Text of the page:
Henry Lawson (1867-1922) was an Australian poet and short-story writer. His many stories typify the nationalist period in Australian writing.
Henry Lawson was born near the gold-mining center of Grenfell, New South Wales, on June 17, 1867, the son of Peter Hertzberg Larsen; the family adopted the name Lawson when the birth was registered. In 1869 his parents took up a small farm.
Having suffered a severe loss of hearing as a lad, Henry Lawson grew up with little education beyond that gained from reading. Bret Harte's stories attracted his interest and influenced him considerably. At 14 he left school and began work. The homesteaders' endless struggle to earn a living from the impoverished land colored the youth's outlook, and his unhappiness was intensified by strained relationships at home. Finally the depredation of droughts in the early 1880s drove the disunited family to Sydney, where young Lawson worked as a house painter. He had developed an ambition to write and at the urging of his mother, Louisa Lawson, began attending night school to further his education. At this point his mother bought out a small journal and trained him to edit it.
In mid-1887 Lawson's first scrap of verse was published by the Bulletin, a radical weekly that had attracted an avid readership among rural workers. Within a few months three more poems were used—one with an editorial note identifying the writer as a youth of "poetic genius." Lawson's first story was accepted late in 1888.
At 22 Lawson began his wanderings about Australia, undertaking various jobs but hankering after journalism. Writing in sympathy with the socialist outlook crystallizing among backcountry workers, he contributed to various workingmen's newspapers (including the Bulletin and the Boomerang) while spending 6 months as an itinerant in the hinterland. Like Joseph Furphy, Lawson was touched by the theories of American social philosophers Edward Bellamy and Henry George, whose books were being carried through the backcountry in the saddlebags of union organizers. A socialist by conviction, Lawson was a proselytizer for organized labor.
In his writings Lawson presented a parade of the archetypes among bush workers. He cataloged special qualities typifying underprivileged itinerants of Australia's sheep-raising areas. A brooding quality is generally present, especially in his verse. The tone of his prose is sometimes sad, but his stories are enriched by the easy humorous humanism of the campfire yarn.
An emergent nationalism tinged with republicanism ran through Lawson's early writings; in this he reflected the determination of colonial Australia in its final phase to create an exemplary nation—as when he wrote, in A Song of the Republic (1887), of the coming nation as being "Free from the wrongs of the North and Past/The Land that belongs to you."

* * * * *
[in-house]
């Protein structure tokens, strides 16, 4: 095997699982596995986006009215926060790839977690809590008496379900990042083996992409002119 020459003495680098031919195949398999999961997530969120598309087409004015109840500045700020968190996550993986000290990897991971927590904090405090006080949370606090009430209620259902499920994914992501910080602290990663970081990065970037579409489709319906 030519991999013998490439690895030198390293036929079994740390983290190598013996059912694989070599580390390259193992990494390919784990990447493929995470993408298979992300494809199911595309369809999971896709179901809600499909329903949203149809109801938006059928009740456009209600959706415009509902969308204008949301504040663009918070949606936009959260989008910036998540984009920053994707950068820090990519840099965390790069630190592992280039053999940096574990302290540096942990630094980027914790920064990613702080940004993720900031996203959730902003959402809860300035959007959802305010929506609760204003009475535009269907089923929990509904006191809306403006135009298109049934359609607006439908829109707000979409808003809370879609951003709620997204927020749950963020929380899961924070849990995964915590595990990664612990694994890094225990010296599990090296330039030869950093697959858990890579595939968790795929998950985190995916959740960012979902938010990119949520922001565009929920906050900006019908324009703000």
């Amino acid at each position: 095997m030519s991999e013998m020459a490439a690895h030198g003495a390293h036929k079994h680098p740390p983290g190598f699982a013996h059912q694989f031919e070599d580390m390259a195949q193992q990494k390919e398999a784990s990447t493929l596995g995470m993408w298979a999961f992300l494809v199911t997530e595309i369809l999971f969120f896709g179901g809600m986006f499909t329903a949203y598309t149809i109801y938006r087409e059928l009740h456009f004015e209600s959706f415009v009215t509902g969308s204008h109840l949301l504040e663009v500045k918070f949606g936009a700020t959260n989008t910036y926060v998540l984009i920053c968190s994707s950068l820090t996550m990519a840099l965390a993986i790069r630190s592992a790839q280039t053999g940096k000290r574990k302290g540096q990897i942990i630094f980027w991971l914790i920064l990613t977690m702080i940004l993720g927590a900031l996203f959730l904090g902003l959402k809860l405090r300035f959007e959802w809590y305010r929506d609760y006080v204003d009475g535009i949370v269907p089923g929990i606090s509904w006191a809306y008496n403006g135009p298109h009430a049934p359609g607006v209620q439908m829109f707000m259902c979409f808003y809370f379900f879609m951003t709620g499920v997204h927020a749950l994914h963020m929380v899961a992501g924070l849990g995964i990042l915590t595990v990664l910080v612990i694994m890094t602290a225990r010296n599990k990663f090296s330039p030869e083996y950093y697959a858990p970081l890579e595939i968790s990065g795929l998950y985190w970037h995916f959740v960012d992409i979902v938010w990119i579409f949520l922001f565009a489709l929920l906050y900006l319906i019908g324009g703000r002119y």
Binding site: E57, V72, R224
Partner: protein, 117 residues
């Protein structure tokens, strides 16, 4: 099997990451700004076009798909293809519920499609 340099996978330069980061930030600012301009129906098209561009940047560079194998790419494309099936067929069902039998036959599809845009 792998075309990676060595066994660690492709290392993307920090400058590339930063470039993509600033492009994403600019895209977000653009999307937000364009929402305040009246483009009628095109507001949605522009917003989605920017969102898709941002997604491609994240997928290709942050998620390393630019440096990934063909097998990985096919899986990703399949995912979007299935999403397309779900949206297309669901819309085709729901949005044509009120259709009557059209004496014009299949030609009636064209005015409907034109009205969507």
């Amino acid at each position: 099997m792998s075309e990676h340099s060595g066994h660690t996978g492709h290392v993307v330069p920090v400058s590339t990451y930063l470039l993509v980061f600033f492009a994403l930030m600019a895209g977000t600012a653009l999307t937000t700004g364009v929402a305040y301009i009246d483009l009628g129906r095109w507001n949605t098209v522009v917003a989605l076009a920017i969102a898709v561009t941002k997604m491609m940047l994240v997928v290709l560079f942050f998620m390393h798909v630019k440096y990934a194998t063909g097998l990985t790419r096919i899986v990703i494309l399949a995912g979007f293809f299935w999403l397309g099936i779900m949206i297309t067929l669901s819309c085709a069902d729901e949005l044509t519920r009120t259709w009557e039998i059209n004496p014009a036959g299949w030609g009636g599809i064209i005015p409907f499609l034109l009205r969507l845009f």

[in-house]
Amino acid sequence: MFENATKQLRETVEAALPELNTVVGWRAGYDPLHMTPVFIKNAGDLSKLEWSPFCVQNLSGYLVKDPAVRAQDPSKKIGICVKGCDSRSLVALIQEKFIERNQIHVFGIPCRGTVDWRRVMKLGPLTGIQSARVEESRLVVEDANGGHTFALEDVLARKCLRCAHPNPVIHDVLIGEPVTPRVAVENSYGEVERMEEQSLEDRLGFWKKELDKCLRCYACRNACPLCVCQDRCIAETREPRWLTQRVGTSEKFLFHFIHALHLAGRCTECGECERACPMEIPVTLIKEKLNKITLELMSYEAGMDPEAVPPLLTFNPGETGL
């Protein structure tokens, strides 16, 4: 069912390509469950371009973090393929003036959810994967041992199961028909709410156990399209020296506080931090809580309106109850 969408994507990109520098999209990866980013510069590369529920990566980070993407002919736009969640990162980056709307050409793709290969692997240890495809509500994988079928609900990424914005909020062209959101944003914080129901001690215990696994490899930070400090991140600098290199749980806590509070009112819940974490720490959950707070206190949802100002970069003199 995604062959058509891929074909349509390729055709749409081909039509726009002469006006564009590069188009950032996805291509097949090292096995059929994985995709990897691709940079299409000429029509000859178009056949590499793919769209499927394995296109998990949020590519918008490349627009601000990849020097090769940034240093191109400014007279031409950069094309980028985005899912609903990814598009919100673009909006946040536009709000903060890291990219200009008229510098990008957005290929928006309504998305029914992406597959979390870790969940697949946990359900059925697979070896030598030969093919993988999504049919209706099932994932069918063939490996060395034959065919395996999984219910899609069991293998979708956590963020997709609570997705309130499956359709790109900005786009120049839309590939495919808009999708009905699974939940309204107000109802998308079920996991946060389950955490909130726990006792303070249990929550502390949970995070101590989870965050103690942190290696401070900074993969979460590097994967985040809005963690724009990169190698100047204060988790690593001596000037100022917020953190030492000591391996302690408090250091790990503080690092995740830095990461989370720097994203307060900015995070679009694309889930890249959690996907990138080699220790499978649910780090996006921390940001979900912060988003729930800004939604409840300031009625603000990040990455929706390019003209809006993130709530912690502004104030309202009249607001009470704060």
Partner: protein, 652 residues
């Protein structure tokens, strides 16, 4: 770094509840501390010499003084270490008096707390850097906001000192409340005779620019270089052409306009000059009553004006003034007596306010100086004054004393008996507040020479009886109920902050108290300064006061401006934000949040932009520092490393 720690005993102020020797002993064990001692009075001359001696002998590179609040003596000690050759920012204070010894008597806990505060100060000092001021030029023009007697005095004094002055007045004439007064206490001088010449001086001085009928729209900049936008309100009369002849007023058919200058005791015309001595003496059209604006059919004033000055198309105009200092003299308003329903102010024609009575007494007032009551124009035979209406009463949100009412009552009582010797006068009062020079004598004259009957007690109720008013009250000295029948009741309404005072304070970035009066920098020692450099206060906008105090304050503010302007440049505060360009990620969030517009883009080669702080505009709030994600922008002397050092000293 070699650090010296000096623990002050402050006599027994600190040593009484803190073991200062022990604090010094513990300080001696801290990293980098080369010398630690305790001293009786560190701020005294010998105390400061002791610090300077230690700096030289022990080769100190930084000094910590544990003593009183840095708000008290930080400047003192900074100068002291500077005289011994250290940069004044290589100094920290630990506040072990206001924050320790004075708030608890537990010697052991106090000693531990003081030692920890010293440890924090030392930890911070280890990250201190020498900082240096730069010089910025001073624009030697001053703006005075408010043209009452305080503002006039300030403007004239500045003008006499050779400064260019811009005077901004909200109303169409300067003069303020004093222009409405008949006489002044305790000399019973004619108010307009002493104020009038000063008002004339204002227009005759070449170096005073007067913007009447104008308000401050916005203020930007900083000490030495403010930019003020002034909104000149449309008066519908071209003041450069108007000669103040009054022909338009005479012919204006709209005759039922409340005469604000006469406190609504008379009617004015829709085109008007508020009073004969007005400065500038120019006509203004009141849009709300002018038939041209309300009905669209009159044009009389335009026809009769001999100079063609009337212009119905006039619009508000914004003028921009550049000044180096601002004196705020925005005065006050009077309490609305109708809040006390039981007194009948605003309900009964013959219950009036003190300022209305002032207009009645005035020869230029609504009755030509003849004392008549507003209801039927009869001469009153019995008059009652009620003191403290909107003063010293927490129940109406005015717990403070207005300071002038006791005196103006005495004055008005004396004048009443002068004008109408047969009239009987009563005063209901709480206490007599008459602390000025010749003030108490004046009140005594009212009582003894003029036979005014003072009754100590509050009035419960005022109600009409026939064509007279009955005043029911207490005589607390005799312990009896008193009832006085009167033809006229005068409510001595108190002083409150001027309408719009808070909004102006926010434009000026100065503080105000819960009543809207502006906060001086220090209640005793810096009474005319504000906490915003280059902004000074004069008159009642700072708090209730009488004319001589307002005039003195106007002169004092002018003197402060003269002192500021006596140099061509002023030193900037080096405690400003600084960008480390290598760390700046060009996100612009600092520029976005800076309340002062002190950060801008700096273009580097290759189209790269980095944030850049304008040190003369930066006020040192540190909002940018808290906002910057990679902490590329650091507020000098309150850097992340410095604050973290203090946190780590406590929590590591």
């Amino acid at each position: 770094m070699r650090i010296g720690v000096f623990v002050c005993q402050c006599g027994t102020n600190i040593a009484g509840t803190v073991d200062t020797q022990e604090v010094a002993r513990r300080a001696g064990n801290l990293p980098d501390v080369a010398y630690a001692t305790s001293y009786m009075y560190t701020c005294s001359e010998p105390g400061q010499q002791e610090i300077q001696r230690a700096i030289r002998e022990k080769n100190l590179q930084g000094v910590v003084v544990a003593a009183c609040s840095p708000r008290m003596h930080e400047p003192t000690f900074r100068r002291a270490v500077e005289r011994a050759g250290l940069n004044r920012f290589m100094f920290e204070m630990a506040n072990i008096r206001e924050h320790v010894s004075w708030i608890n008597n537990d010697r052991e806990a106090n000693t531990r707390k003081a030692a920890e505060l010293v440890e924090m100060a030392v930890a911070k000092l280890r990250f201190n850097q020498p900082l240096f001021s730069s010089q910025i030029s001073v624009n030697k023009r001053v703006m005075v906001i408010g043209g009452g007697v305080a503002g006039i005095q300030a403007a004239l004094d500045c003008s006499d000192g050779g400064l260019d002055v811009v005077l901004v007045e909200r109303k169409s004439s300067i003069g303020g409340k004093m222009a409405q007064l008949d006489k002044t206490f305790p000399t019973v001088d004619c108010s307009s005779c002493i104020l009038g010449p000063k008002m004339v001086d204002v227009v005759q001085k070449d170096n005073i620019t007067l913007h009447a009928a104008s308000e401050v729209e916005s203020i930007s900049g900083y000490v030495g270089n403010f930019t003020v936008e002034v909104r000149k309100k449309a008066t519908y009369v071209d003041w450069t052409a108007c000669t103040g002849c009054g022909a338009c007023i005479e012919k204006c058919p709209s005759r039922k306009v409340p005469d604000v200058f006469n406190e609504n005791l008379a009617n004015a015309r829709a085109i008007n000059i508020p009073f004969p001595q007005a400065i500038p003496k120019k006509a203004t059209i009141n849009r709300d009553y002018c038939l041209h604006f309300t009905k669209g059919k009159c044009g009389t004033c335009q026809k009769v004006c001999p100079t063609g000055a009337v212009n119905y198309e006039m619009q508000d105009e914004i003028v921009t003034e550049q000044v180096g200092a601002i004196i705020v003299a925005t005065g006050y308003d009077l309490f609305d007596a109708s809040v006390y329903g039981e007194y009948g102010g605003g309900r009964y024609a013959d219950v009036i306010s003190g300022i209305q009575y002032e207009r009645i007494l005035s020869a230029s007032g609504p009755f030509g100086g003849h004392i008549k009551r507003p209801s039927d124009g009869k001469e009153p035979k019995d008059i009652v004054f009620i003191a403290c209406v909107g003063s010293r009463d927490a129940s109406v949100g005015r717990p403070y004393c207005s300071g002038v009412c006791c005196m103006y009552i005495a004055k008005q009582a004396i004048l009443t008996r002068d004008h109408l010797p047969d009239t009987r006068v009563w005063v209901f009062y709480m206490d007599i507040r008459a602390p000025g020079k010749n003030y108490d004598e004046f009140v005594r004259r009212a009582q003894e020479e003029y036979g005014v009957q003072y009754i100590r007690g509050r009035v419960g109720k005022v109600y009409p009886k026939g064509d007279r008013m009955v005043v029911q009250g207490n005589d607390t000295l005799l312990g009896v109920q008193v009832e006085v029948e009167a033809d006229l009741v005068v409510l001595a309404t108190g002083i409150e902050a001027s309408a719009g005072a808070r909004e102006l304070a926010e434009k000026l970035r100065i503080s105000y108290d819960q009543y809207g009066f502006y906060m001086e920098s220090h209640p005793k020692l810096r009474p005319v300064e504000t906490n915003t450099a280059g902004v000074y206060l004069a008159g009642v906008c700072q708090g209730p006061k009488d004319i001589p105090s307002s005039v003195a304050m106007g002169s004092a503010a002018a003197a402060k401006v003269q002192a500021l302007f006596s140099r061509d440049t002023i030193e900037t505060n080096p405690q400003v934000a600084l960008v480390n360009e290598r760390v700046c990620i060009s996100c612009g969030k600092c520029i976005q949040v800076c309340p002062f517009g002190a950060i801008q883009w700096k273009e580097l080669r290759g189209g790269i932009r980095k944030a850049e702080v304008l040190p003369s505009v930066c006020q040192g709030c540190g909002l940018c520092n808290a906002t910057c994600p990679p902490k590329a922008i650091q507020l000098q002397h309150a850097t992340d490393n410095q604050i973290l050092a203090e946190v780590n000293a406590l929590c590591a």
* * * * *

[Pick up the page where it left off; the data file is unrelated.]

Lawson was a flag bearer of the national literary movement that was emerging from the somewhat earlier folk culture of the inland. Throughout he was obsessed with the struggle faced by the small landowner and the landless underdog, and in writing of life in the hinterland he glorified the concept of mateship, which had been developed by men drawn together in the face of a harsh environment—a code of behavior maximizing unselfish cooperation and minimizing selfish competition. His sketches of poverty-stricken homesteaders, of men in shearing sheds, on the track and around campfires, were in a sense political tracts calling for a fairer deal for the underprivileged.
In 1894 Lawson's Short Stories in Prose and Verse was published by his mother; in spite of some good reviews it failed to sell, but it established Lawson in Sydney's literary circle. In 1896 Lawson married. Success came that year with In the Days When the World Was Wideand While the Billy Boils (mainly a reprint of Bulletin short stories), in which his true talent was revealed. His Pieces Popular and Humorous and a collection of short stories, On the Track and over the Sliprails, both published in 1900, were very well received.
With financial help arranged by the governor of New South Wales, Lawson sailed for London in 1900. On arrival he sold two books; but the environment proved un-congenial, and soon Lawson was drinking heavily. He sold a third book, Children of the Bush, and decided in 1902 to return to Sydney.
The path was easier now, and he wrote and published many short stories and poems over the next 14 years, including My Army, O, My Army (1915); but in fact his best writing had been done in the earlier period.
As his health deteriorated and drink again became a problem, Lawson played out the final years of his life with a small literary pension and an allowance from his publishers. He died on Sept. 2, 1922, and was given a state funeral.
Men who knew Lawson in his most fruitful years and understood his fine inner qualities wrote appreciative biographies: F. J. Broomfield gave a complimentary analysis in Henry Lawson and His Critics (1930), as did Lawson's lifelong friend John Le Gay Brereton in Knocking Around (1930). In 1931 appeared a potpourri by his wife, Bertha Lawson, and others, Henry Lawson by His Mates. She also wrote an understanding account of her association with her husband, My Henry Lawson (1943), which gives some insight into his temperament. An Annotated Bibliography of Henry Lawson was compiled by George Mackaness (1951). A sound appreciation of Lawson's work and his place in Australia's literary development is in H. M. Green, A History of Australian Literature, vol. 1 (1961).
Clark, C. M. H. (Charles Manning Hope), In search of Henry Lawson, South Melbourne, Vic.: Macmillan, 1978.
Lawson, Henry, Recollections, Frenchs Forest, NSW: Reed, 1987.
Roderick, Colin Arthur, Henry Lawson: a life, North Ryde, NSW, Australia: Angus & Robertson, 1991.
Roderick, Colin Arthur, The real Henry Lawson, Adelaide; New York: Rigby, 1982. □